India: Election Officials Seize Cash and Drugs Used To Buy Votes
Since March 5, Indian election officials have seized US$ 36 million, 2.7 million liters of alcohol, and 100 kilograms of heroin intended to buy votes for the ongoing 2014 election.
Despite heavy penalties from the election commission, buying votes is “an age-old trick across the country,” reports the GlobalPost. Bribe money is concealed in cars, planes, and ambulances, and alcohol is transported in water tanks to avoid detection.
This month’s elections are “the same grubby game of cash-for-votes that has marred previous ballots in the world's largest democracy, only this time on a far bigger scale,” reports Reuters.
At New Delhi’s Vivekanand International Foundation, fellow K. G. Suresh told GlobalPost that since nearly 70 percent of people in India live on less than US$ 2 a day, it is easy to entice them with bribes.
According to Reuters, the legal spending limit for each parliamentary seat is 7 million rupees (US$ 116,200).
However, a substantial sum will be funneled underground, as politicians and their parties—who are not required to report their funding sources—are expected to spend an estimated US$ 5 billion by the end of the election.
Reuters reports that spending level would make the current election second only to the US$ 6 billion spent in the last US Presidential election.
At political rallies some politicians dole out free food, cash, coupons for alcohol, and, in the Punjab region of India, small balls of opium paste. Critics say the narcotic bribes in Punjab are worsening an already problematic drug abuse and trafficking problem.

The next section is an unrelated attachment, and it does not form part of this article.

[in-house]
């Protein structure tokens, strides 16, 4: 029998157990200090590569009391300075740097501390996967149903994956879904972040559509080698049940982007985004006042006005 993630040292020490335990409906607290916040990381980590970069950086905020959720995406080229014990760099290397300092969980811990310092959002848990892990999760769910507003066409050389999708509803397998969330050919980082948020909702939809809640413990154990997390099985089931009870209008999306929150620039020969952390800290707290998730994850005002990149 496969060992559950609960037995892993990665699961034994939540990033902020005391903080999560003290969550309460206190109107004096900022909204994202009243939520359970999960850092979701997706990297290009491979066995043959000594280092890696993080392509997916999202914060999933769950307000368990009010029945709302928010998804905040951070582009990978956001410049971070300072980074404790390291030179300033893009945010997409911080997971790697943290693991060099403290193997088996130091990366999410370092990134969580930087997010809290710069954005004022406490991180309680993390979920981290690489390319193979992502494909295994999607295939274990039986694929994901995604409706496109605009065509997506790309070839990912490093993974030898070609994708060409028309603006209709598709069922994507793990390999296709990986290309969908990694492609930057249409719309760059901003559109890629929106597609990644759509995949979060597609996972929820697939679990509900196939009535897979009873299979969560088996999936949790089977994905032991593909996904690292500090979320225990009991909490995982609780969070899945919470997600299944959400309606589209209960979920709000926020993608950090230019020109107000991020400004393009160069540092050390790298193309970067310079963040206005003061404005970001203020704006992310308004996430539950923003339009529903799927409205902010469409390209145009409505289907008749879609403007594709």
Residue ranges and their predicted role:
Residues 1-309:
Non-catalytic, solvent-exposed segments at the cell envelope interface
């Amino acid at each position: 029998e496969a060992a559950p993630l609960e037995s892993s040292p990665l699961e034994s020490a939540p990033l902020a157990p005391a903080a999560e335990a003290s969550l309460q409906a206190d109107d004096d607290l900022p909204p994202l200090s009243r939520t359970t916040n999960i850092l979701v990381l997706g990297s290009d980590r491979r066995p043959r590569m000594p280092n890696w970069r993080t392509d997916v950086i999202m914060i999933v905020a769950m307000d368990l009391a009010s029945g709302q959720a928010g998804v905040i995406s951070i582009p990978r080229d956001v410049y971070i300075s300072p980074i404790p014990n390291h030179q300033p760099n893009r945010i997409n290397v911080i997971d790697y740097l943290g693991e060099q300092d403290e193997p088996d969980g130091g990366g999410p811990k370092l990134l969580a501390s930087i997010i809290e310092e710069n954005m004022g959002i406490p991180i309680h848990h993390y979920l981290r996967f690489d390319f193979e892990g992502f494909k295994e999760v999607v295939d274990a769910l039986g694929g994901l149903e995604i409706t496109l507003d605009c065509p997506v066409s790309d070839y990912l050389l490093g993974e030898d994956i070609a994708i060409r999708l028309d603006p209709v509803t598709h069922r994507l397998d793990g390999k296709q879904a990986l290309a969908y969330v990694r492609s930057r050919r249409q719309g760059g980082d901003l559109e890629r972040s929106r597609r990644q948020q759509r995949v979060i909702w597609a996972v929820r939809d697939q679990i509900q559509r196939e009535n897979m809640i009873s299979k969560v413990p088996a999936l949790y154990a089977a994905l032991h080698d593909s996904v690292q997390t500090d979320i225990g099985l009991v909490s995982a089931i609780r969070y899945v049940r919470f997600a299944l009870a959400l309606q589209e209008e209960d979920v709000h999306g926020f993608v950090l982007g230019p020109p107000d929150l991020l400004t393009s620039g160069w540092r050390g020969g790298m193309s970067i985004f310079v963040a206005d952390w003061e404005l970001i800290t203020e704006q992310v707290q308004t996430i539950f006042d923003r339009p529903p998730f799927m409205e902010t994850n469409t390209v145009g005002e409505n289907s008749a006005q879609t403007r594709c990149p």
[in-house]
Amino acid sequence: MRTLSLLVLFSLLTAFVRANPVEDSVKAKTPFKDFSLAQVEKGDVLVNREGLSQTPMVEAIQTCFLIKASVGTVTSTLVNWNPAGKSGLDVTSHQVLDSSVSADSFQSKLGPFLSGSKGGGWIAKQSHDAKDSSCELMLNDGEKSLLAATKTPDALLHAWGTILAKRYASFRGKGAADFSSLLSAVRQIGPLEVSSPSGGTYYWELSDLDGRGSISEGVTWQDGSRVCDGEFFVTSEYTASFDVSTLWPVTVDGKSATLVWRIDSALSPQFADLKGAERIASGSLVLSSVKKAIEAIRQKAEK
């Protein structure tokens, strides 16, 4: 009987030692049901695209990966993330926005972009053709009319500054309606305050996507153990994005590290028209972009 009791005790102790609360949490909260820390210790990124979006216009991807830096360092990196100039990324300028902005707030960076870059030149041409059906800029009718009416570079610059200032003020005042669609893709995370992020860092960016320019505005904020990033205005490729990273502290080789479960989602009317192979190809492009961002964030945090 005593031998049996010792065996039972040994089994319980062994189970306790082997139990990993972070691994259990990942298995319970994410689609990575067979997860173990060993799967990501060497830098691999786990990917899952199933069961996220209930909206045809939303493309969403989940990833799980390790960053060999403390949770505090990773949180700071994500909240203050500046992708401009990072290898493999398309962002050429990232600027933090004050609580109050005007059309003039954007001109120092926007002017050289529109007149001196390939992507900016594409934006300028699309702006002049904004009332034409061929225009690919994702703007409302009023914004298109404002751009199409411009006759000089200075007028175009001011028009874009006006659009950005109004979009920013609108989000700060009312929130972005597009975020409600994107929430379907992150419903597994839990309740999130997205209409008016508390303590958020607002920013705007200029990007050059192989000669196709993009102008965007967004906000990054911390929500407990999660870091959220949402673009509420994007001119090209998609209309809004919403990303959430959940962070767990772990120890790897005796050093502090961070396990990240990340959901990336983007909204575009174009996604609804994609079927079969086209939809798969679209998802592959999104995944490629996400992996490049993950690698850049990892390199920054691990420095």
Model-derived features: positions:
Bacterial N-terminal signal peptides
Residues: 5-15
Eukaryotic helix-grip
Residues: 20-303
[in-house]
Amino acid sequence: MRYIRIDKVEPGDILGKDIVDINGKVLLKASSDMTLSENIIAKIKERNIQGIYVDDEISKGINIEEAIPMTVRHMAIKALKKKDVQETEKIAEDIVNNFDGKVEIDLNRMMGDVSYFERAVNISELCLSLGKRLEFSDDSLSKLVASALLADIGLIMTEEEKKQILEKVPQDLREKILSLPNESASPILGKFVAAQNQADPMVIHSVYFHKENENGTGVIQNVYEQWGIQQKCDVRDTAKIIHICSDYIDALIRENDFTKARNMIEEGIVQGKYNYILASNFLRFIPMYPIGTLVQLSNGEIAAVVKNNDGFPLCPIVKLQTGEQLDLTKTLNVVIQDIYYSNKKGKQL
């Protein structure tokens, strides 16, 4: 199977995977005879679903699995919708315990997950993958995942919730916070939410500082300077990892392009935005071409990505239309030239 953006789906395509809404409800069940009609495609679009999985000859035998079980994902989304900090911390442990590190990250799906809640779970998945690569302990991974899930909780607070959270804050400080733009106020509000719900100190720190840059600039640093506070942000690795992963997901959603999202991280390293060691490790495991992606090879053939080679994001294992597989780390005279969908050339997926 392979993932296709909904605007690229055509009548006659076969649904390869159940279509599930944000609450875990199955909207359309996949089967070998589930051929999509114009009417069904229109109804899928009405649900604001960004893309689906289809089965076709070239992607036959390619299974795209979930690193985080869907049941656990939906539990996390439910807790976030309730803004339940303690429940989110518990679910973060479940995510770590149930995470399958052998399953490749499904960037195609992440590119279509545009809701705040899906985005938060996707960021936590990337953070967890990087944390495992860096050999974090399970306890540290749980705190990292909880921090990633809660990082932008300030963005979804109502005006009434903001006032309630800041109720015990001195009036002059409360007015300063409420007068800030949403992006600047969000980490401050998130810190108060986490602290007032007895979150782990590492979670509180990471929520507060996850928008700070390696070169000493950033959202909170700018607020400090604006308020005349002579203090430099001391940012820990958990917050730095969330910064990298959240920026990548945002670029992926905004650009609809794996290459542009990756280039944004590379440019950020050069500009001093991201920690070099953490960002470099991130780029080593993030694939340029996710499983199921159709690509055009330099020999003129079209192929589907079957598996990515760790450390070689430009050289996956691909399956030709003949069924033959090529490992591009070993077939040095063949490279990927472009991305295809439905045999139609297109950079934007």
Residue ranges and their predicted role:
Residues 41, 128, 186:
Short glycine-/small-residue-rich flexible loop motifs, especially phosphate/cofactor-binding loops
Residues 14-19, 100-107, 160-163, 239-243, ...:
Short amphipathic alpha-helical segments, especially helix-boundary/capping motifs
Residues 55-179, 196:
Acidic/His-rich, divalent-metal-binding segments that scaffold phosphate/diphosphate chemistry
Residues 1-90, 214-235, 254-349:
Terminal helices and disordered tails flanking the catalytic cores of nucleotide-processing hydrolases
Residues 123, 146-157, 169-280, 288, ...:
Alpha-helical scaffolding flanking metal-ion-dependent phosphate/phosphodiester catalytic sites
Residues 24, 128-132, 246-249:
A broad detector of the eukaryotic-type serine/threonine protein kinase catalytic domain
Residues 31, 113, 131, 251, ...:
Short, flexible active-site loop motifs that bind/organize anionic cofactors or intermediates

While handing out cash and liquor is not legal, some legitimate election “freebies” are allowed by the state.
Jayalalithaa Jayaram, the chief minister of the state of Tamil Nadu, gave out sewing machines, spice mixers, and gold after her party won state elections in 2011, reports the GlobalPost.
In the 2012 state polls, the Samajwadi Party enjoyed a resounding victory in the battleground Uttar Pradesh state, after it promised to give out free laptops for high school students.
Government official Radhe Shyam Lal told the GlobalPost, "It was a master stroke from the party. Many students had never even held a laptop before, forget being able to buy one.”
As many as 814 million people will be casting their votes in India’s staggered elections, which began on April 7 and will end May 12.